It was all so big and grand and yet so cold and unwelcoming. At least, this is how I felt. Blame it on the sun, of which I had had a bit too much right before walking into Accademia, but I simply couldn’t connect with the place.

The art was fabulous, yet it felt like those huge paintings were so close to one another, without much space to breathe, that it was quite easy for it all to become one endless colourful blur.

Inside the Gallerie dell'Accademia, Venice

 
Some paintings had been taken off the walls and several rooms were closed to the public. Had I paid to visit the museum, I would have been rather unhappy about the price not reflecting the fact that a visitor is not seeing it all.

People were roaming around tightly clasping audio guides to their ears. Personally, I have an aversion to these little devices. First, you need to listen to an intro explaining how to use them and, inevitably, I manage to press the wrong button at the wrong time and all of a sudden I am listening to the voiceover for a completely different room than the one I am in. Next, I find audio guides really impersonal. I like reading and getting my information in written form. I like signs hanging next to paintings and works of art which I can read in detail or skip through depending on how I feel about the particular piece. I like turning to the person I am exploring the museum with and discussing what we have just read and gauging their reaction and thoughts.

There is no such option with audio guides. You need to listen to the voiceover as it is delivered or risk pressing the wrong button yet again if you decide to stop for a bit. Instead of talking to your partner, you both just stare at a work of art struggling to hear what the voiceover has to say.

Most importantly, audio guides seem to dictate the speed with which you should progress through a museum. As soon as you finish listening to the voiceover about a room, you feel like you need to move on to the next.

Inside Gallerie dell'Accademia in Venice

To top it all, audio guides were the only source of information in the Venetian Accademia. Small signs by each painting cited its name, author and respective dates. Nothing else!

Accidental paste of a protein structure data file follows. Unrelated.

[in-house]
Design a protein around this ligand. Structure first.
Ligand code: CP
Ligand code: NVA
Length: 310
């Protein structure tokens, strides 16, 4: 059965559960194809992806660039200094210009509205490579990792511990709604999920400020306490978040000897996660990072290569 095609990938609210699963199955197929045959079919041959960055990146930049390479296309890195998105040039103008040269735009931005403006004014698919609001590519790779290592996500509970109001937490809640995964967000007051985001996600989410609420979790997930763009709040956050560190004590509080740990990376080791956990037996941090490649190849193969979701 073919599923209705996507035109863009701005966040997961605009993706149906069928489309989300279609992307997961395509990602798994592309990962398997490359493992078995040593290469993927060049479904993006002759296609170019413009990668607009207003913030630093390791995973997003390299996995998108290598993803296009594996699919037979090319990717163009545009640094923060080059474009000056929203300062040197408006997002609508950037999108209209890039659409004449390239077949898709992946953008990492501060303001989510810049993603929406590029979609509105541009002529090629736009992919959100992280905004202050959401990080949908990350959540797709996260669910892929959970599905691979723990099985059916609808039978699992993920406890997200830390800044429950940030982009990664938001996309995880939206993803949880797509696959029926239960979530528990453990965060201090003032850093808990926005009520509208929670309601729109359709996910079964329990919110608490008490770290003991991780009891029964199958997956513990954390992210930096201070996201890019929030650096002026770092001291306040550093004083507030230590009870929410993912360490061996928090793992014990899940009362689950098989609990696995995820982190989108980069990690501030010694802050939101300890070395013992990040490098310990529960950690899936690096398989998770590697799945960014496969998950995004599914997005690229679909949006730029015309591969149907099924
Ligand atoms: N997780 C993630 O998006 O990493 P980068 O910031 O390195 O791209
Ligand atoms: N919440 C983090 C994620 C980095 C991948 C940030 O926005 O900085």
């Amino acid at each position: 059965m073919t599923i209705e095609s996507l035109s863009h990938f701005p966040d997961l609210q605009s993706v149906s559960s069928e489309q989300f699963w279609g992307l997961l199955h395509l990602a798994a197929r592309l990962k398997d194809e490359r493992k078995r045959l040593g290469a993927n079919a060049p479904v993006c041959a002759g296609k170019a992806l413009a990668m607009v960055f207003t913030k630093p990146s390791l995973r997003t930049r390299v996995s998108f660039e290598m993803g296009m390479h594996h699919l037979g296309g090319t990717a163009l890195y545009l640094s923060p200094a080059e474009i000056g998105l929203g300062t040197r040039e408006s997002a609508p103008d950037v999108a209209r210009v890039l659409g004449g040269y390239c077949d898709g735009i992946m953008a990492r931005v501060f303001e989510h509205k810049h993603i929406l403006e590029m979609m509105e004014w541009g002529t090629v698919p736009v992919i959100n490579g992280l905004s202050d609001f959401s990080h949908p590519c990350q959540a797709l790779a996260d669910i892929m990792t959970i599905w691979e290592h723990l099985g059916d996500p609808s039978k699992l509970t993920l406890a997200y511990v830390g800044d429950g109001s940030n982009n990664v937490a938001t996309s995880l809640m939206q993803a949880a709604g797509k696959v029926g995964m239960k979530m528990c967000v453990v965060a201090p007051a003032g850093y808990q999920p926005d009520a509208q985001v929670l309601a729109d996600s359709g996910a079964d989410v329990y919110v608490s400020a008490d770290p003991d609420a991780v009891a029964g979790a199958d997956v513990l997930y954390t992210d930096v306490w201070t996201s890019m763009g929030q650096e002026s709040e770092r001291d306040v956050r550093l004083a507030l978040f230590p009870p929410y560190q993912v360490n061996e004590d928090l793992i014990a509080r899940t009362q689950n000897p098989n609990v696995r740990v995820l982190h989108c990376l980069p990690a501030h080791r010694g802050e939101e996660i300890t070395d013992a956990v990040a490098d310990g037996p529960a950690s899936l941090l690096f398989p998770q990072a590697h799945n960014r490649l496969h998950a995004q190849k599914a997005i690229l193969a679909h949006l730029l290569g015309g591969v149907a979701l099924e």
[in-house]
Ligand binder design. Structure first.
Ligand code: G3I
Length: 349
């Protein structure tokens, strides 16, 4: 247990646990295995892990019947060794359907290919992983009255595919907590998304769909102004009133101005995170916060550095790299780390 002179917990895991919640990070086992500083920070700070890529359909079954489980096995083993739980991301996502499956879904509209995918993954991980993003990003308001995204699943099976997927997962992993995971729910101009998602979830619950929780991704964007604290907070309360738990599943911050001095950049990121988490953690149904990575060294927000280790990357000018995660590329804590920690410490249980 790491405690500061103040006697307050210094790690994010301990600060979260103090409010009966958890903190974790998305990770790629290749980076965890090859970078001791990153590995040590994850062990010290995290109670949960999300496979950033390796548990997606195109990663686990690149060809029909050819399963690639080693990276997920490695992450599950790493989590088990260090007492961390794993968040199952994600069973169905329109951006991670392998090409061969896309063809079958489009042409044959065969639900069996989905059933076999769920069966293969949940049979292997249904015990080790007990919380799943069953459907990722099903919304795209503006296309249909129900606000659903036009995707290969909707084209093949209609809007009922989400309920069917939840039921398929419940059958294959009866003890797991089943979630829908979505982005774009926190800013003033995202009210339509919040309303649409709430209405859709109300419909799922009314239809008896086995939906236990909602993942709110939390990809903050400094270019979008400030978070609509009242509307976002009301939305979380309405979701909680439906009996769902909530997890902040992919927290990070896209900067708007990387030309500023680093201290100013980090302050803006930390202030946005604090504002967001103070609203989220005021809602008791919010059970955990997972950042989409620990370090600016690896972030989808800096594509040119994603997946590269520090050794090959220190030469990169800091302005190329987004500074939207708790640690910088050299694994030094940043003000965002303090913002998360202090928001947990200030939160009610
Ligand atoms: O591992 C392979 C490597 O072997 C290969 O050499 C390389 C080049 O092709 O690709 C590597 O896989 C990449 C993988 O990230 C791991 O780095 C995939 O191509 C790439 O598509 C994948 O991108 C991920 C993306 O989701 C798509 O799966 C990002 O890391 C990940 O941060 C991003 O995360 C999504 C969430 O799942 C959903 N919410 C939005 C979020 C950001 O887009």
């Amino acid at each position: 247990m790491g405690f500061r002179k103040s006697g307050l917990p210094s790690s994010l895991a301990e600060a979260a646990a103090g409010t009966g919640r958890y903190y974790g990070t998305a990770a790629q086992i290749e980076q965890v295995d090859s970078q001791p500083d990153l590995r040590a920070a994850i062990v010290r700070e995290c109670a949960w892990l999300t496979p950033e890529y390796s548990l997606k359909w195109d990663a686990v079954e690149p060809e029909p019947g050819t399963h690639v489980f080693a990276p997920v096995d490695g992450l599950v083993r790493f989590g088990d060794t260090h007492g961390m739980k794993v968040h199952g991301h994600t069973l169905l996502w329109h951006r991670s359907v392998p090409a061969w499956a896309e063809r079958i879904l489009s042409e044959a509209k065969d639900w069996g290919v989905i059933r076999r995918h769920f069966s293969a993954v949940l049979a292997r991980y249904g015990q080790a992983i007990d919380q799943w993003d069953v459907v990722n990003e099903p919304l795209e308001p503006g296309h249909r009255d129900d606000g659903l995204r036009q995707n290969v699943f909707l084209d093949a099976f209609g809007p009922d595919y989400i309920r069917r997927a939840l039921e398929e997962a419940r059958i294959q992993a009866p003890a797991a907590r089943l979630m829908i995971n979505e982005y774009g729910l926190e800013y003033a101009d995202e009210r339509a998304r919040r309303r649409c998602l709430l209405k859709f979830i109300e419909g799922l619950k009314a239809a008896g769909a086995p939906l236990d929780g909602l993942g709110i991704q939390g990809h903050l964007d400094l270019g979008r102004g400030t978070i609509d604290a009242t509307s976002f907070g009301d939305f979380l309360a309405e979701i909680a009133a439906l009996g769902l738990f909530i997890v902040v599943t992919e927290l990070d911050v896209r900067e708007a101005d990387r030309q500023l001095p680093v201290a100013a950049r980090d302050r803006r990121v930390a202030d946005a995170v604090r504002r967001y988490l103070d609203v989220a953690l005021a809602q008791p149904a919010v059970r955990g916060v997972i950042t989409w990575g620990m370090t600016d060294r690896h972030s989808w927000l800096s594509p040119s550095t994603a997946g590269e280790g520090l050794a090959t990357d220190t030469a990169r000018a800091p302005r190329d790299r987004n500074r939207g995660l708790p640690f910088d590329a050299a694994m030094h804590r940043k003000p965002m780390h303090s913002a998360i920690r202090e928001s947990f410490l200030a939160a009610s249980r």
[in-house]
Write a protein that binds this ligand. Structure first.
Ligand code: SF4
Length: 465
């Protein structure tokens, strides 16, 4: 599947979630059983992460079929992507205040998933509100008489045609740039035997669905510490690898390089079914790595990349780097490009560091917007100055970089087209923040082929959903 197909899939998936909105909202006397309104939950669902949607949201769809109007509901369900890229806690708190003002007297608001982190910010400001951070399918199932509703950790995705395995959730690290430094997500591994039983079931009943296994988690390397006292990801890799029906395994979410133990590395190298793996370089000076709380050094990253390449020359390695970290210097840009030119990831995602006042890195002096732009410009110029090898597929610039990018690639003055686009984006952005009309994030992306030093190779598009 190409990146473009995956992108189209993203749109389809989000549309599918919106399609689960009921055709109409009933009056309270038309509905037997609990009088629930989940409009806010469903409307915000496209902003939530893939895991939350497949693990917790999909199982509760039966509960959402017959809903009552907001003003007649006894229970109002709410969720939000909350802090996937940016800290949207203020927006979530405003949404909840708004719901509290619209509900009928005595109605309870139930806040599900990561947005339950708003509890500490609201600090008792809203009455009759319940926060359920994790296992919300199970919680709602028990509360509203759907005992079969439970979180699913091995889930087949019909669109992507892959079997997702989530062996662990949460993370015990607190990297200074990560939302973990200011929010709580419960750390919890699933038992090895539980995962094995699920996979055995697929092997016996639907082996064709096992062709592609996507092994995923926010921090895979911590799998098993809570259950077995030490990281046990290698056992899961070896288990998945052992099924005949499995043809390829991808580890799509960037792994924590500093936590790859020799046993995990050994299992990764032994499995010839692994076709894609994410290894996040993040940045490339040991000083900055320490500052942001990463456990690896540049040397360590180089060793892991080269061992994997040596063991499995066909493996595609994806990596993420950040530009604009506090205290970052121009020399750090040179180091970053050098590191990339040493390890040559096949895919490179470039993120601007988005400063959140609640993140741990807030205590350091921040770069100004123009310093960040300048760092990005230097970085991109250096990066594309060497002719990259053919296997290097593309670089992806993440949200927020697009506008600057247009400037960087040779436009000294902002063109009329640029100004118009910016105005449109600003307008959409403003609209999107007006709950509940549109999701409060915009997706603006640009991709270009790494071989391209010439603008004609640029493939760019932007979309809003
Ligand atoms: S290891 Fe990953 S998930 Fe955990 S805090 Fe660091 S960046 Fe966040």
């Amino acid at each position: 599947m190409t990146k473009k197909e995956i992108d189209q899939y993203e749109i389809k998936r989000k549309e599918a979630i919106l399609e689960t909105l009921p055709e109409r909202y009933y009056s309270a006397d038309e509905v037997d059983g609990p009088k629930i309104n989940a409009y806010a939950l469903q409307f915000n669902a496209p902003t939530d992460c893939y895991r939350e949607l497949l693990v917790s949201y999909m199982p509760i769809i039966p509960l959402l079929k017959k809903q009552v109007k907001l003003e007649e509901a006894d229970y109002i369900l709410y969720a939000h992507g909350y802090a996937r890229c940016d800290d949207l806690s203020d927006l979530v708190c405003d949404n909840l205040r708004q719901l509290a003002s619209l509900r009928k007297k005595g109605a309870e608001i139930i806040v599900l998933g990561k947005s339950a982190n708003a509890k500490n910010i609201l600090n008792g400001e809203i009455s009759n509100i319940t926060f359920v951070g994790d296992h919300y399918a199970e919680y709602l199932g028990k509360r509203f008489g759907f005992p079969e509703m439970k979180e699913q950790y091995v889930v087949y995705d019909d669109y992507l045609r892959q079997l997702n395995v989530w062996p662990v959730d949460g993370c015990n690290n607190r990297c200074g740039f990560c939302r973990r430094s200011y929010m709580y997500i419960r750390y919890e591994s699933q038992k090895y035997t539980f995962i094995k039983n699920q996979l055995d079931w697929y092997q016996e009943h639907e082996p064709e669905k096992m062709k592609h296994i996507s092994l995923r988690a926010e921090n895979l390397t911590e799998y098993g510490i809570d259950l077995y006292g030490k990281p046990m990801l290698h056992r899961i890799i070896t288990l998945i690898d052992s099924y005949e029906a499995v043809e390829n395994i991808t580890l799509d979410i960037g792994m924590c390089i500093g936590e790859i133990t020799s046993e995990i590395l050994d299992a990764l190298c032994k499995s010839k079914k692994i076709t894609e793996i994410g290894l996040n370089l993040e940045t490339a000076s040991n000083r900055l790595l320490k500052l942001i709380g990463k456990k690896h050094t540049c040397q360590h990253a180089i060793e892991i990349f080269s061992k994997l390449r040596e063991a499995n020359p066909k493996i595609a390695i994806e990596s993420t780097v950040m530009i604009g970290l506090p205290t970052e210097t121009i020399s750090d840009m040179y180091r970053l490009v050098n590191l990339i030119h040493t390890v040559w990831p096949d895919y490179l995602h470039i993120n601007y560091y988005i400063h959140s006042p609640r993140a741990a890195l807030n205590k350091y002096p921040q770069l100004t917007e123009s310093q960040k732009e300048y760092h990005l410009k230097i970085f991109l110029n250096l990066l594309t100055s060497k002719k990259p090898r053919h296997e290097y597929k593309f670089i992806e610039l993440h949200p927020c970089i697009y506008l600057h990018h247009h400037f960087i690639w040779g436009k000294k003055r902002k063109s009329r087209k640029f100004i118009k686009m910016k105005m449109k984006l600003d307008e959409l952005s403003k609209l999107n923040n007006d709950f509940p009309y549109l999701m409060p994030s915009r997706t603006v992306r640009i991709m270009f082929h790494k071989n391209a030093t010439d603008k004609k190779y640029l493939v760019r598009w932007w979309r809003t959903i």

If you wanted to learn something about the art in Accademia, you had to pay 6 euros for an audio guide. That wasn’t that much, considering that on that day access to the museum was free. However, on any other day you need to pay 15 euros entry fee, so it quickly adds up.

I am all for audio guides to be an option in a museum or an art place, but I am against them being used to monopolise the delivery of information to the visitors and charge an extra fee for them.

A close-up of Tintoretto's painting 'Theft of St. Mark's Body from Alexandria, Gallerie dell'Accademia in Venice

On the train back to Vicenza that same evening I was scrolling through the pictures from Accademia on my camera and I thought: ‘It can’t have been that bad!’.

No, it wasn’t. There was some fabulous art there, just the higgledy-piggledy environment and the informational blackout detracted from it.

So, to finish on a positive note, here are the five things I loved seeing in Gallerie dell’Accademia in Venice.

1. Giovanni Bellini’s Paintings. 

A close-up of the Angel of Annunciation, painting by Giovanni Bellini, Gallerie dell'Accademia in Venice

Madonna with child, close-up of a painting by Giovanni Bellini, Gallerie dell'Accademia in Venice

When I come across the name Bellini, I immediately think of the composer and his world famous opera ‘Norma’. Well, in Accademia I was delighted to discover the paintings of an Italian Renaissance master called Giovanni Bellini. I loved his red-haired angel of Annunciation, the artful drapes of his subjects’ robes, his rich colours, his distinctive style.

2. The Intricate Ceilings

Close-up, an intricate ceiling, Gallerie dell'Accademia in Venice

Close-up, an intricate ceiling, Gallerie dell'Accademia in Venice

An intricate ceiling, Gallerie dell'Accademia in Venice

Well, all two of them. Apart from the splendid ceiling in the main upstairs foyer, I came across one more room with a very intricate work-of-art ceiling. I loved looking at it even though after a while it began to get quite uncomfortable to stand around with my head thrown back and my neck kinked at an excessive angle. You know how they have benches in museums?! Wouldn’t it be great if they also provided ‘lying-down’ benches for one to admire the fabulous ceilings, too?